“The reason Bart’s acting so morose in these first few issues is that he’s got this problem to deal with, and once he starts to work through it, his impulsive nature will start taking over again.”
…thank you oh four-color gods.
I remember another Comic-Con, years ago (and at the previous venue) when they introduced the Flash TV show. It would be both cliche and annoying to say that the audience was electrofied — but they were. I’ve never gotten over the damned thing getting cancelled, even if they played fast and loose with continuity in a way that would have the Internet howling today for their blood.
Eh, I figure if the Internet can handle the differences between the Superman comics, the Superman/Justice League cartoons, Smallville, and Superman Returns, it could have handled the differences between the early Wally West Flash and the Flash TV show.
On the other hand, I’ve occasionally gotten email from people confused about the difference between Bart Allen’s appearances as Impulse or Kid Flash in the comics, and his guest spot on Smallville. Marvel’s Ultimate line must make their heads explode.
Good info. Thanks for sharing with those of us not fortunate enough to have attended.
From what I’ve heard, though, it’s time for a new location or some well-thought-out chances to the traditional one (i.e. a bridge of some sort that keeps people from having to wait eight minutes for that train to go by).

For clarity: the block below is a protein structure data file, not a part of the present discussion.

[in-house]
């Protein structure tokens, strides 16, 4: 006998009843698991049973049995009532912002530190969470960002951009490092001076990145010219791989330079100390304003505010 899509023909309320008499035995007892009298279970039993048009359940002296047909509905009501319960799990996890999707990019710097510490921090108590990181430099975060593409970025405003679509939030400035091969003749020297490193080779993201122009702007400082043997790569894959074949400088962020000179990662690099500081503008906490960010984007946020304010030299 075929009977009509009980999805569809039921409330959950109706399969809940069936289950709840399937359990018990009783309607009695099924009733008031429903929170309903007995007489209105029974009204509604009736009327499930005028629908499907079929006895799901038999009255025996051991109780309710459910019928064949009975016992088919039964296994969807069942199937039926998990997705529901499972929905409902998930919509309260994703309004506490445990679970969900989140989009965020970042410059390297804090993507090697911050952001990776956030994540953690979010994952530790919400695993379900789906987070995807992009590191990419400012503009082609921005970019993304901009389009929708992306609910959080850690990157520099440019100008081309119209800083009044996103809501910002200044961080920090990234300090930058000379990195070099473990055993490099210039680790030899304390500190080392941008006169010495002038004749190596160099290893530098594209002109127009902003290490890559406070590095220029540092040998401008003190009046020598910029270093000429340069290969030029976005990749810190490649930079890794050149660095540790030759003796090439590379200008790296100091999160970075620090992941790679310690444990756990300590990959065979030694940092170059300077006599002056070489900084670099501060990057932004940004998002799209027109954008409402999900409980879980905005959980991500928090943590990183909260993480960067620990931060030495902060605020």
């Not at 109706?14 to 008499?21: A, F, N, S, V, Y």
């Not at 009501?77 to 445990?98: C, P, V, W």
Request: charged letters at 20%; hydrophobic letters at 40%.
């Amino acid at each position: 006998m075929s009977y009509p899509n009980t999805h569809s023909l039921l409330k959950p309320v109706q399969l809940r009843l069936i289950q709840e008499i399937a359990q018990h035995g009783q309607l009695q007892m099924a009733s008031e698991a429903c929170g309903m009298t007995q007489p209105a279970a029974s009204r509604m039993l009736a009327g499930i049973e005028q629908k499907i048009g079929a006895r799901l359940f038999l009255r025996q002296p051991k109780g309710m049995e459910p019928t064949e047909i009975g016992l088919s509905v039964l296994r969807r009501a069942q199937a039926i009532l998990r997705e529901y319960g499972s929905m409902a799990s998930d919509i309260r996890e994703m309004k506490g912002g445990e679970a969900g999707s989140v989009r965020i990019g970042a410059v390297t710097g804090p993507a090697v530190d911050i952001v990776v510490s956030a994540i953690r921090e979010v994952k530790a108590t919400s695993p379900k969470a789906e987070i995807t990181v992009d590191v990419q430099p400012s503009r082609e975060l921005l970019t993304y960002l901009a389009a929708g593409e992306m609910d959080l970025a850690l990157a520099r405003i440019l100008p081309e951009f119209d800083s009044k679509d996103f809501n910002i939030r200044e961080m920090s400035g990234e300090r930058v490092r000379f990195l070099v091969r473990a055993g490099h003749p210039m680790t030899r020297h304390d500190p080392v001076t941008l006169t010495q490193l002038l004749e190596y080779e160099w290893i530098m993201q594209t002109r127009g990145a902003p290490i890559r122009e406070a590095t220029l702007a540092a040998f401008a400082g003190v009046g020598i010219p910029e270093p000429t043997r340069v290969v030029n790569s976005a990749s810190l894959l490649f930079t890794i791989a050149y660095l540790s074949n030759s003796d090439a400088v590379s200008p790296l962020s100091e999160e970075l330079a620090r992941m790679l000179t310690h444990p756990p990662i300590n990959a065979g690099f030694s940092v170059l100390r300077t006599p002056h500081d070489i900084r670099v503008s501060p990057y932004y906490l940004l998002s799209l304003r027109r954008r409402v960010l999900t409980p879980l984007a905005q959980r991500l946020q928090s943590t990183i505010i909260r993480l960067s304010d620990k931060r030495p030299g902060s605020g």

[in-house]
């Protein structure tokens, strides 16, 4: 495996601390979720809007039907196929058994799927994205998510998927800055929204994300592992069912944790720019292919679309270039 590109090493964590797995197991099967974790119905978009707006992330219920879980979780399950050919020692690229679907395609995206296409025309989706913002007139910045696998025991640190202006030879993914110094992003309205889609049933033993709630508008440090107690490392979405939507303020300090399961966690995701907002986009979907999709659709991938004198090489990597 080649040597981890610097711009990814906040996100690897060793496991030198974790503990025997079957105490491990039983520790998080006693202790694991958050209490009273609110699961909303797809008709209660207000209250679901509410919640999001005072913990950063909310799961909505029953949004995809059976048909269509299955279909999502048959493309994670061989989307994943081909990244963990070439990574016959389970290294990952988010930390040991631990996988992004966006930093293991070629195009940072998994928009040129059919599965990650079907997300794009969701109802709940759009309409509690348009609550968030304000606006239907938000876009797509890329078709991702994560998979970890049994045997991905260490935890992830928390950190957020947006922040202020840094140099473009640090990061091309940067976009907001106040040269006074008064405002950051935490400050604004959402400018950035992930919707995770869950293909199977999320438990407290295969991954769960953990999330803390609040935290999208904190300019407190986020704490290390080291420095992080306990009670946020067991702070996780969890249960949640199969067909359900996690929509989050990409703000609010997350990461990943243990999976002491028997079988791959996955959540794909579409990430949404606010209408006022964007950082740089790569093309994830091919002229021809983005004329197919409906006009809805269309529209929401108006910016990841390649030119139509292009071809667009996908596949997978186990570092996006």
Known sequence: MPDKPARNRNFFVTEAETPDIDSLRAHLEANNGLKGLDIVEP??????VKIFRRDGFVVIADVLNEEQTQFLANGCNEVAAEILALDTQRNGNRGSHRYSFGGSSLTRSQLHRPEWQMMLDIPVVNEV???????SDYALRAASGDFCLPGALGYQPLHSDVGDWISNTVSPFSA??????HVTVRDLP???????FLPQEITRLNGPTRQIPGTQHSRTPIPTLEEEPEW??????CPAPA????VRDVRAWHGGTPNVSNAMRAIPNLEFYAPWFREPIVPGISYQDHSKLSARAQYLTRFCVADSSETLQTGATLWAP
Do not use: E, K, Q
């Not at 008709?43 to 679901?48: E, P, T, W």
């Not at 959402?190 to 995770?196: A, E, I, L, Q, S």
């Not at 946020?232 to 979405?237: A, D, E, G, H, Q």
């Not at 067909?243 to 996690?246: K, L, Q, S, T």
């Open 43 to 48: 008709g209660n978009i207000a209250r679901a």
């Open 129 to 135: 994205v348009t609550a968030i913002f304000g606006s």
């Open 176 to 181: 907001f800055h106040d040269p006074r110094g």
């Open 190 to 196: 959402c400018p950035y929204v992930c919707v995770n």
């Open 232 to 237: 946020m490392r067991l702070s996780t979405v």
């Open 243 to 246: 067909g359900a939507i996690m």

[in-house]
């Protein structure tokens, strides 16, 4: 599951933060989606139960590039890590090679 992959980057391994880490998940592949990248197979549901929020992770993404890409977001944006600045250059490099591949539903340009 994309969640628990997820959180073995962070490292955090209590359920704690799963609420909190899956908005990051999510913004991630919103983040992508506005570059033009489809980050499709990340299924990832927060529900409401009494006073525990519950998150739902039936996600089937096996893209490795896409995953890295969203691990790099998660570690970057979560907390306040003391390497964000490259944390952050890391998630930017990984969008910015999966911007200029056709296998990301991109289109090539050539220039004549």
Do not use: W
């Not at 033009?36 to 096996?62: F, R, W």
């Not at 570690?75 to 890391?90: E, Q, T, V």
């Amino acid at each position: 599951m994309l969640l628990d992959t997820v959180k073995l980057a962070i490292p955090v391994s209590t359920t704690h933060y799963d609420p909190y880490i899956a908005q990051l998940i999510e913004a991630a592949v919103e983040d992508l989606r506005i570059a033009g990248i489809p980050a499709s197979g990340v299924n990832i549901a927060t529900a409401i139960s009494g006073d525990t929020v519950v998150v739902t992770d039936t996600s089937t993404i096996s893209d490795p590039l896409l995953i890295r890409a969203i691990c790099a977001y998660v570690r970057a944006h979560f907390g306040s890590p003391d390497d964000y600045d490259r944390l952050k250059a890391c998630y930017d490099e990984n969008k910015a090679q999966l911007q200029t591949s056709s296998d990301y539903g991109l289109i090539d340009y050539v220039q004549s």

Ugh! Yeah, we got caught on the wrong side of the train coming back from lunch on Thursday, at the other end of the convention center. Depending on whether “day 2” is counting from Wednesday or Thursday, it could be the same train. (I stopped paying attention to what kinds of cars were on it pretty quickly.)
Still, it was easier to get around this year than last year, when the trolley system was completely overwhelmed by the double assault of Comic Con and several days of Padres games.
I was not there (sadly), but Comic Book Resources is reporting that in a “DC Nation” panel someone gave “an affirmative answer to a question concerning Wally West’s return to the DCU”. Kind of a vague way to put it, I guess. In what capacity Wally will return… it doesn’t say.
(I should point out that this was a Wizard World Chicago, not SDCC.)
I haven’t ready any of “Infinite Crisis” or the new Flash series, but I doubt that Wally is gone for good. We know that Bart will one day be Flash, but I don’t think the world is ready for it yet. Wally hasn’t been around long enough, and in any case I think his passing will be much more glorified than what it sounds like it was. I’m thinking something like Barry’s death.
What I want to know is what the names of the twins are. They’ve been around for HOW long now, and we still don’t know? Come on.